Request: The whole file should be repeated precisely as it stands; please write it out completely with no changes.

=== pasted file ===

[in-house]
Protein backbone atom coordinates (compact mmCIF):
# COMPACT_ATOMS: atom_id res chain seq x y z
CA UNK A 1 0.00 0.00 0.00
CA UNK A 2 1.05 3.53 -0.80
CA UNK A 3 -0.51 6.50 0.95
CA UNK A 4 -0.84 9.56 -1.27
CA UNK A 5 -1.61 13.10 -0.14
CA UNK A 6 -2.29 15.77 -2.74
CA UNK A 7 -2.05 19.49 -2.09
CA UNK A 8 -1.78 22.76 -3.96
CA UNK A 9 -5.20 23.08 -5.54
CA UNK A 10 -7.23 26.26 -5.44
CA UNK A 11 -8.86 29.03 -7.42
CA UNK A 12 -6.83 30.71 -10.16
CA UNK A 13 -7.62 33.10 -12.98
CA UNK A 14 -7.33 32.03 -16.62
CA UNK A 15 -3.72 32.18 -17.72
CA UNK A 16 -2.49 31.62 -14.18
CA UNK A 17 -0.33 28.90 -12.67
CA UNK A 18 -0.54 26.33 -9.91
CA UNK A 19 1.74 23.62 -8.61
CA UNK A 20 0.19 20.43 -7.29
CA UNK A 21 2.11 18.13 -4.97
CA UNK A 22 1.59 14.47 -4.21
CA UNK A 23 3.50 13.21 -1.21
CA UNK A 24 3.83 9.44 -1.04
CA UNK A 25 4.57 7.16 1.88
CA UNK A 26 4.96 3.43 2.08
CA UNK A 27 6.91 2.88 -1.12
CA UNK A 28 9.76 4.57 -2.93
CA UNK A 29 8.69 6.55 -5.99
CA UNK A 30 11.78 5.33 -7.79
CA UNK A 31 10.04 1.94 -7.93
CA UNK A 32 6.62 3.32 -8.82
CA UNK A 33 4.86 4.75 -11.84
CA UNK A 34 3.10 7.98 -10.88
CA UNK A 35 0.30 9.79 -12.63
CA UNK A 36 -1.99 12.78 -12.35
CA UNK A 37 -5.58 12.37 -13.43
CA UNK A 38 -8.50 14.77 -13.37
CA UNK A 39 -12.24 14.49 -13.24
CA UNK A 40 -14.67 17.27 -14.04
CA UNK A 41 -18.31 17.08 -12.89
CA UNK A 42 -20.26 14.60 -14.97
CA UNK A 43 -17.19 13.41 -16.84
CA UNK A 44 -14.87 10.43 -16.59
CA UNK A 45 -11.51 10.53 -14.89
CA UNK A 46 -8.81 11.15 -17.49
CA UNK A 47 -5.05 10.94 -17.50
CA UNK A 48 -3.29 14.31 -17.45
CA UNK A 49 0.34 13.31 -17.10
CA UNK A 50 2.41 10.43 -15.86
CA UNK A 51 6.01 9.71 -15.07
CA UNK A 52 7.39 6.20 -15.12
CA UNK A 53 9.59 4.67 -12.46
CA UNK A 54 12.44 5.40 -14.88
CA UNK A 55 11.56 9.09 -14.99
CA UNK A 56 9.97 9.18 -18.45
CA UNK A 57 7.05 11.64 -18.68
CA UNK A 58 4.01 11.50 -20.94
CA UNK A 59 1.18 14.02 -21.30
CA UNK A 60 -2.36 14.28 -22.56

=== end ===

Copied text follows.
[in-house]
Protein backbone atom coordinates (compact mmCIF):
# COMPACT_ATOMS: atom_id res chain seq x y z
CA UNK A 1 0.00 0.00 0.00
CA UNK A 2 1.05 3.53 -0.80
CA UNK A 3 -0.51 6.50 0.95
CA UNK A 4 -0.84 9.56 -1.27
CA UNK A 5 -1.61 13.10 -0.14
CA UNK A 6 -2.29 15.77 -2.74
CA UNK A 7 -2.05 19.49 -2.09
CA UNK A 8 -1.78 22.76 -3.96
CA UNK A 9 -5.20 23.08 -5.54
CA UNK A 10 -7.23 26.26 -5.44
CA UNK A 11 -8.86 29.03 -7.42
CA UNK A 12 -6.83 30.71 -10.16
CA UNK A 13 -7.62 33.10 -12.98
CA UNK A 14 -7.33 32.03 -16.62
CA UNK A 15 -3.72 32.18 -17.72
CA UNK A 16 -2.49 31.62 -14.18
CA UNK A 17 -0.33 28.90 -12.67
CA UNK A 18 -0.54 26.33 -9.91
CA UNK A 19 1.74 23.62 -8.61
CA UNK A 20 0.19 20.43 -7.29
CA UNK A 21 2.11 18.13 -4.97
CA UNK A 22 1.59 14.47 -4.21
CA UNK A 23 3.50 13.21 -1.21
CA UNK A 24 3.83 9.44 -1.04
CA UNK A 25 4.57 7.16 1.88
CA UNK A 26 4.96 3.43 2.08
CA UNK A 27 6.91 2.88 -1.12
CA UNK A 28 9.76 4.57 -2.93
CA UNK A 29 8.69 6.55 -5.99
CA UNK A 30 11.78 5.33 -7.79
CA UNK A 31 10.04 1.94 -7.93
CA UNK A 32 6.62 3.32 -8.82
CA UNK A 33 4.86 4.75 -11.84
CA UNK A 34 3.10 7.98 -10.88
CA UNK A 35 0.30 9.79 -12.63
CA UNK A 36 -1.99 12.78 -12.35
CA UNK A 37 -5.58 12.37 -13.43
CA UNK A 38 -8.50 14.77 -13.37
CA UNK A 39 -12.24 14.49 -13.24
CA UNK A 40 -14.67 17.27 -14.04
CA UNK A 41 -18.31 17.08 -12.89
CA UNK A 42 -20.26 14.60 -14.97
CA UNK A 43 -17.19 13.41 -16.84
CA UNK A 44 -14.87 10.43 -16.59
CA UNK A 45 -11.51 10.53 -14.89
CA UNK A 46 -8.81 11.15 -17.49
CA UNK A 47 -5.05 10.94 -17.50
CA UNK A 48 -3.29 14.31 -17.45
CA UNK A 49 0.34 13.31 -17.10
CA UNK A 50 2.41 10.43 -15.86
CA UNK A 51 6.01 9.71 -15.07
CA UNK A 52 7.39 6.20 -15.12
CA UNK A 53 9.59 4.67 -12.46
CA UNK A 54 12.44 5.40 -14.88
CA UNK A 55 11.56 9.09 -14.99
CA UNK A 56 9.97 9.18 -18.45
CA UNK A 57 7.05 11.64 -18.68
CA UNK A 58 4.01 11.50 -20.94
CA UNK A 59 1.18 14.02 -21.30
CA UNK A 60 -2.36 14.28 -22.56